An overview of the Advanced Explosives and Ordnance Training Seminar held in Cambodia, 2018.
Author: Tom Gersbeck, MFS and GySgt. Jorge Rivero, USMC
Oklahoma State University (OSU), Arson-Explosives, Firearms & Toolmarks Investigation Graduate Program
The Oklahoma State University (OSU), School of Forensic Sciences, CENFEX Program teamed with Golden West Humanitarian Foundation to provide another one-of-a-kind training opportunity in Cambodia, January 15 through 19, 2018. Those in attendance included people from corporate security, 3rd Marine Division, military EOD technicians, Public Safety Bomb technicians, the legal profession, as well as the OSU School of Forensic Sciences and School of Medicine. The details of the five training seminar are outlined below.
The Seminar: Day 1, Monday, January 15, 2018:
The first day provided an overview of the issues to be addressed throughout the week, including advanced technical concepts covered in a crawl, walk, run perspective. In the morning, everyone met in the hotel lobby, boarded the bus and traveled to the Cambodian Mine Action Center (CMAC), Ordnance and Weapons Museum. Upon arrival, we were met by Len Austin from Golden West HF. Len provided a brief on the history of warfare within Cambodia over the last 90 years, which resulted in unimaginable amounts of landmines, UXO and ERW still contaminating large portions of the country. With the depth and scope of the problem laid out, the guided tour of the museum began.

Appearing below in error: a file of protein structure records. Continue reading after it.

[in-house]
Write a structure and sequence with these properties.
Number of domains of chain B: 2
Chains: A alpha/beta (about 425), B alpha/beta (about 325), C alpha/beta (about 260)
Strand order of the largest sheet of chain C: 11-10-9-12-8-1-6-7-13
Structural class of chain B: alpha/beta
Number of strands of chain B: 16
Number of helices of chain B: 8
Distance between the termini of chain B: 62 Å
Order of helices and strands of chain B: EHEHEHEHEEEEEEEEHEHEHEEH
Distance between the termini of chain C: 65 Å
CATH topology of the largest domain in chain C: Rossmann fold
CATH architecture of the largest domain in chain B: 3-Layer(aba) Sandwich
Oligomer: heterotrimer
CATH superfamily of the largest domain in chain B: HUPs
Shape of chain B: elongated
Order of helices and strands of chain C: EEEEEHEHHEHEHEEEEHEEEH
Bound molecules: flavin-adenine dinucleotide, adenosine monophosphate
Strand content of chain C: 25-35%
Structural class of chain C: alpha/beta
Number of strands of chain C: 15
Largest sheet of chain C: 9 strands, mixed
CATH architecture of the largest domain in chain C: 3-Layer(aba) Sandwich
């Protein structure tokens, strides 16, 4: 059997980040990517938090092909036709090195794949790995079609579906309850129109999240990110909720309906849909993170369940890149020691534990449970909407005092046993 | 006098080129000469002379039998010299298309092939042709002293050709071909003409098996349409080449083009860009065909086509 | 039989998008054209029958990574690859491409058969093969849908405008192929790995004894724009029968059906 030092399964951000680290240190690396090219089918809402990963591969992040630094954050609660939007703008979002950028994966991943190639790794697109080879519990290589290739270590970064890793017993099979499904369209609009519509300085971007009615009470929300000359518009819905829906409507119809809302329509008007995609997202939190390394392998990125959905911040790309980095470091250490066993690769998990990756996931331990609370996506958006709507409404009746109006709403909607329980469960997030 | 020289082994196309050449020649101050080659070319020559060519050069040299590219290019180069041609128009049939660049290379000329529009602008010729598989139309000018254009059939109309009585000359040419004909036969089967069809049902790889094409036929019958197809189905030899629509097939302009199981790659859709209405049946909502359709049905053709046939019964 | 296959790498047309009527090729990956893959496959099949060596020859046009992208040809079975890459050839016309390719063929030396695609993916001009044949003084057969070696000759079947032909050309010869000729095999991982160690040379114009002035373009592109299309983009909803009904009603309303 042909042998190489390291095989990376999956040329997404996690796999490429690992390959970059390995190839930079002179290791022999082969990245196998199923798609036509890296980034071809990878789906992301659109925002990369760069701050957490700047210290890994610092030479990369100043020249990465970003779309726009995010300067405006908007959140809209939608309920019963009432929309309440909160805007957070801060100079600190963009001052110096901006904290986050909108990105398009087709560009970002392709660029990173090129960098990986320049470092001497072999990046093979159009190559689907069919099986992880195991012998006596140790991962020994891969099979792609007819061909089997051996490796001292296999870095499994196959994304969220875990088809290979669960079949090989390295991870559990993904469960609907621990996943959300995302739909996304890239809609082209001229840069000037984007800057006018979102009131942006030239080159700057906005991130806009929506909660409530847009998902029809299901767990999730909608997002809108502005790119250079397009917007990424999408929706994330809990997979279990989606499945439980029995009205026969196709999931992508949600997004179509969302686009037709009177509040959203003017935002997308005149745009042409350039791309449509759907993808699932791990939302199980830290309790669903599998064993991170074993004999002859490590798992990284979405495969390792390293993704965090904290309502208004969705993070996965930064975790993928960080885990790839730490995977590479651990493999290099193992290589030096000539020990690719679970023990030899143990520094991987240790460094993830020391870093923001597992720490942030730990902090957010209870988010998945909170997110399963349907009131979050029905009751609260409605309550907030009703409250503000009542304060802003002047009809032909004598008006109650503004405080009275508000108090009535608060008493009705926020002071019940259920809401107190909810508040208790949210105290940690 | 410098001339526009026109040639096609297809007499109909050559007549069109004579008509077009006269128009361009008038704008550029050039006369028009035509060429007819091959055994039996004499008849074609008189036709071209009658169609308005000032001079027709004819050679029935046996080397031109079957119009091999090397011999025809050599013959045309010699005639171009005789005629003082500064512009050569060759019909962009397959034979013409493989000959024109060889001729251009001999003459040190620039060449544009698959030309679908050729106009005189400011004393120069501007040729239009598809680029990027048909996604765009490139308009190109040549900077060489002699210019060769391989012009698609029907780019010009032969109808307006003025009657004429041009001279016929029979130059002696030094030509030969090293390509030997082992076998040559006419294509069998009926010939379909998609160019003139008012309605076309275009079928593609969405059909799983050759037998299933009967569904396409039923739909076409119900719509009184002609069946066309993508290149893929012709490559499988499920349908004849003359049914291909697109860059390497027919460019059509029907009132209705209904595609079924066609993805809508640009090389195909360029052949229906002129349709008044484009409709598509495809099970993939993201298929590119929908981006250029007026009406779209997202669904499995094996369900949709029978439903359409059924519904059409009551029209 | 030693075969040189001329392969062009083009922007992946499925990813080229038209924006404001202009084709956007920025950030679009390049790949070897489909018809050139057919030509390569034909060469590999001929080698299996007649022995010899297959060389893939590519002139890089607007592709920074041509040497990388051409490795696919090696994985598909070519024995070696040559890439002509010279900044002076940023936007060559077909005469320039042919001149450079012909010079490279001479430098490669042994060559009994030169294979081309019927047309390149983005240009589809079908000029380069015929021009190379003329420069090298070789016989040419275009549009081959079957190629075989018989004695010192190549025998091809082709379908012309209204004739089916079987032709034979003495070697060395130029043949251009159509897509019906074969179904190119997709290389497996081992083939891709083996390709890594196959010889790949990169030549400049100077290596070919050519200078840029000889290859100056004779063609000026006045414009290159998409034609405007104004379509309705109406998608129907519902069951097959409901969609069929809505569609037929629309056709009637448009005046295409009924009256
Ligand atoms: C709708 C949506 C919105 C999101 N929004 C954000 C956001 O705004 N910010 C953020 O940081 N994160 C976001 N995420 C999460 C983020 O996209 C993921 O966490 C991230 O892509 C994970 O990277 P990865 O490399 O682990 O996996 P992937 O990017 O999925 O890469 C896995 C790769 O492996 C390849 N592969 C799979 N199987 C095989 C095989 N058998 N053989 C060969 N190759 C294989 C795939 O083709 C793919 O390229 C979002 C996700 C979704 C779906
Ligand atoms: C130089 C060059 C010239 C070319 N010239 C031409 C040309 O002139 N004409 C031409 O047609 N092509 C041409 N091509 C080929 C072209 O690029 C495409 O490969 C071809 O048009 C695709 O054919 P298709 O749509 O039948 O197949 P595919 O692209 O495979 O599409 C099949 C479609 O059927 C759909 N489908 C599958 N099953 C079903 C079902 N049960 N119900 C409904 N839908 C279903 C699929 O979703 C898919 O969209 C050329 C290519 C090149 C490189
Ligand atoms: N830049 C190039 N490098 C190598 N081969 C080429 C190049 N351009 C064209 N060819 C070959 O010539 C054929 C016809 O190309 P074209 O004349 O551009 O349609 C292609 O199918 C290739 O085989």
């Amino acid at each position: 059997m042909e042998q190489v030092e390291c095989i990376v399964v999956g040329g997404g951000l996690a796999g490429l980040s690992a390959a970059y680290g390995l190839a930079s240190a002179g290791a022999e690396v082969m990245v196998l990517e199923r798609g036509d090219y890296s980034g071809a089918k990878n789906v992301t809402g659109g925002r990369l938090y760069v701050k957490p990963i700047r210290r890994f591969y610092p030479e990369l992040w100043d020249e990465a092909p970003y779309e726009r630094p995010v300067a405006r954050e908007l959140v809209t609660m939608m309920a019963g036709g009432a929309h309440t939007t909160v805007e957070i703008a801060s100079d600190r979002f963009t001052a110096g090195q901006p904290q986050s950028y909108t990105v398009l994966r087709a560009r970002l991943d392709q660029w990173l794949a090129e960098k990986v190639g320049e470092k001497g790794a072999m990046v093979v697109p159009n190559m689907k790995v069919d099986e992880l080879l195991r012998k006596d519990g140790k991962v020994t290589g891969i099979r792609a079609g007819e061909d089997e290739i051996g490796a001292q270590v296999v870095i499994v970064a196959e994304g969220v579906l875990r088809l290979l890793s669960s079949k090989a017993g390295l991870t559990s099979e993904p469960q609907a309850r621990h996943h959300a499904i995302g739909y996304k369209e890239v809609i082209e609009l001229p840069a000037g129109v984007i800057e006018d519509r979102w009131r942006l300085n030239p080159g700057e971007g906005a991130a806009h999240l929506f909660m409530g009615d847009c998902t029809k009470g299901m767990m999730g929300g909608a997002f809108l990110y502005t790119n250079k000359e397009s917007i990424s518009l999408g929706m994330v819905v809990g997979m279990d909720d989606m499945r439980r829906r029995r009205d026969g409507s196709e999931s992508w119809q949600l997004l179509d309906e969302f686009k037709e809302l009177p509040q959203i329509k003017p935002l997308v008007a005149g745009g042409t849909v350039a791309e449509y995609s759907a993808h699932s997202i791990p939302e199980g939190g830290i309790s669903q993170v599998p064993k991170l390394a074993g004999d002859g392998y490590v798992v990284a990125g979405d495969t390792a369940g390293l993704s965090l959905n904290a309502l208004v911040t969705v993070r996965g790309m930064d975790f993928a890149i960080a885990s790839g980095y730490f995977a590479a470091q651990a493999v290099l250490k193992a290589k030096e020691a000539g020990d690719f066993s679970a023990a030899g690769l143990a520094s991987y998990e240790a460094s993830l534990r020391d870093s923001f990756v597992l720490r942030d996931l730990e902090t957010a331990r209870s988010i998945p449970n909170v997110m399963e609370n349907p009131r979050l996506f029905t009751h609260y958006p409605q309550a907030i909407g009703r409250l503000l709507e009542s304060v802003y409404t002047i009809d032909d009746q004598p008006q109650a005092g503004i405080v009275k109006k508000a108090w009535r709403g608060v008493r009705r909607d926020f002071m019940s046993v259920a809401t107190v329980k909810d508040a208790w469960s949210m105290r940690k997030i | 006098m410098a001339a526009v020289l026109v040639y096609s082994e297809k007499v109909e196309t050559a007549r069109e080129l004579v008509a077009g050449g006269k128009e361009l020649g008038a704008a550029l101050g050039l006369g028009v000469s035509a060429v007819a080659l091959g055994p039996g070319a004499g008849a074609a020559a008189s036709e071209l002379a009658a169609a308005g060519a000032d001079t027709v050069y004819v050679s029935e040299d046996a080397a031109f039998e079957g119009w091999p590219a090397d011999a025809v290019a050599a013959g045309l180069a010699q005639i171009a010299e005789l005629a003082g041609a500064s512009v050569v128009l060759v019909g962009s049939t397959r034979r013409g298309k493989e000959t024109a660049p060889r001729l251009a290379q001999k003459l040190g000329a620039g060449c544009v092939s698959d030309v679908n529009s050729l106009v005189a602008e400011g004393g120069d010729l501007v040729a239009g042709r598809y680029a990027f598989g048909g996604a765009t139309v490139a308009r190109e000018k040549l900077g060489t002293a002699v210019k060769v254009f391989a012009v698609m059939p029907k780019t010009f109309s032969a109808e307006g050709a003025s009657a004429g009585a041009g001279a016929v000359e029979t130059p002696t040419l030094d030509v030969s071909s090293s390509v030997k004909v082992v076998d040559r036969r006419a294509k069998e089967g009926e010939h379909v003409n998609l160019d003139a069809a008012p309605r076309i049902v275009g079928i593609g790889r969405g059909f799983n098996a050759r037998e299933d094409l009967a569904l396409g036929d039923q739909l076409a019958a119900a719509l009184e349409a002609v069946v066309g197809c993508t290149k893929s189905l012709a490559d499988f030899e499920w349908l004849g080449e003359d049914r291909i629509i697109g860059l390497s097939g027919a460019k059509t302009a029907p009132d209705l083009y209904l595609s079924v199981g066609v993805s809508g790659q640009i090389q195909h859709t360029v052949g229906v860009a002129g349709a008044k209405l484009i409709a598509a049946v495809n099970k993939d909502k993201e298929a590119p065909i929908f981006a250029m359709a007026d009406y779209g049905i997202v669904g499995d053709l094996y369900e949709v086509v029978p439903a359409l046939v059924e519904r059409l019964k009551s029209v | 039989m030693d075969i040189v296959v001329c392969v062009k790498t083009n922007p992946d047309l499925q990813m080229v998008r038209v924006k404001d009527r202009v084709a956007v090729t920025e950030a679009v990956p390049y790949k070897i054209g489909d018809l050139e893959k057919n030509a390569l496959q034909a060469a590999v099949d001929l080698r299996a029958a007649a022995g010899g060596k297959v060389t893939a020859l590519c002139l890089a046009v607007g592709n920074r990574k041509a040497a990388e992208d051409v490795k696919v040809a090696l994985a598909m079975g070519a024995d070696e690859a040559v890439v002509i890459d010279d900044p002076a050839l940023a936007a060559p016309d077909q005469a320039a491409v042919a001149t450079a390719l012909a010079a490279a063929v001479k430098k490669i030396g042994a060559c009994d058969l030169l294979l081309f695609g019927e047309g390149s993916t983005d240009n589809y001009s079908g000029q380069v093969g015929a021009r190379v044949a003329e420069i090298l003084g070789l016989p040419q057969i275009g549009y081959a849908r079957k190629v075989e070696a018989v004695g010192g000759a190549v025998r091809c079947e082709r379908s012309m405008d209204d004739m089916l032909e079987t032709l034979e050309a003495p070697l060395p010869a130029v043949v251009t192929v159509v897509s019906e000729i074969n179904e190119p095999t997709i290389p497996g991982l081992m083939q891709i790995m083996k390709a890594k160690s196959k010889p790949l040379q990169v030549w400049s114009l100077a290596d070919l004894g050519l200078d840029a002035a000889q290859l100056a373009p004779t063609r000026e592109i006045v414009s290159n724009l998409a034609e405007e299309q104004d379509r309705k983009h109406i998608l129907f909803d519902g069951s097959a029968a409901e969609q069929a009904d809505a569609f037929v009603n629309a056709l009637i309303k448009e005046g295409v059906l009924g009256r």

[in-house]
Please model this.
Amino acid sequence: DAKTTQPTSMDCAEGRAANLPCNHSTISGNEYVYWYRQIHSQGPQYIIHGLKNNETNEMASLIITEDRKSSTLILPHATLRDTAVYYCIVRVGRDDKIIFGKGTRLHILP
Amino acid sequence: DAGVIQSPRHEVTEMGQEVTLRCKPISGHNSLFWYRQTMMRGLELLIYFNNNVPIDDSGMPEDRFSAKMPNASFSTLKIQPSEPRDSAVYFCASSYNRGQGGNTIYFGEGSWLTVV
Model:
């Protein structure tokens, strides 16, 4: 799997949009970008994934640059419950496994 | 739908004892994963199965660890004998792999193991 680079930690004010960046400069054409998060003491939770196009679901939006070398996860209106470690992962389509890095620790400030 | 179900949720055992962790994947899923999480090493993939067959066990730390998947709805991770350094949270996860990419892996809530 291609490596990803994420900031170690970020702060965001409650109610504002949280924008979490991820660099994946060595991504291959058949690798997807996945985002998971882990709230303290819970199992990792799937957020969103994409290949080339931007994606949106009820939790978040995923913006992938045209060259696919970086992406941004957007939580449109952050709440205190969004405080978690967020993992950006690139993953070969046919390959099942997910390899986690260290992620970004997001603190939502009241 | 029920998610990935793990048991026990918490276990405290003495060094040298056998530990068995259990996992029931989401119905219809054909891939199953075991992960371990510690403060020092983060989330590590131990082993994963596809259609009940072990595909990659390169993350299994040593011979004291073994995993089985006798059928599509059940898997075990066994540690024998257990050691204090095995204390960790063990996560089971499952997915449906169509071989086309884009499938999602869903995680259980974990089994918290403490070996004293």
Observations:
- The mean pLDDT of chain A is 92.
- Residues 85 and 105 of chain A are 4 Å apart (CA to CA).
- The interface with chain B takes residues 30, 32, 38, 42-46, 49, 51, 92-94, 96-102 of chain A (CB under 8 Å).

The majority of the ordnance displayed in the museum was inerted by Golden West personnel working under Len's supervision. As such, the details provided by Len throughout the tour offered tremendous technical and tactical insight. The group then traveled to Golden West's headquarters in Phnom Penh to tour the Advanced Ordnance Training Materials (AOTM) shop. Guided by Golden West's chief design engineer, John Wright, attendees were treated to hands-on demonstrations of the 3D printed,100%, 200%, and 400% sized fuzes, landmines, submunitions and other ordnance items. The group then moved to the Virtual Reality (VR) room and afforded an opportunity to experiment with ordnance-based VR training equipment. The images shows Len working with an attendee wearing a VR headset.
After watching the VR presentation of a munition, Len then handed a cutaway version of the same munition to the attendee and explained how the item functions. The level of understanding achieved though this multifaceted approach to training cannot be replicated through other conventional methods. Following the tours, the group traveled to a very nice restaurant for a traditional Khmer lunch before the final stop of the day.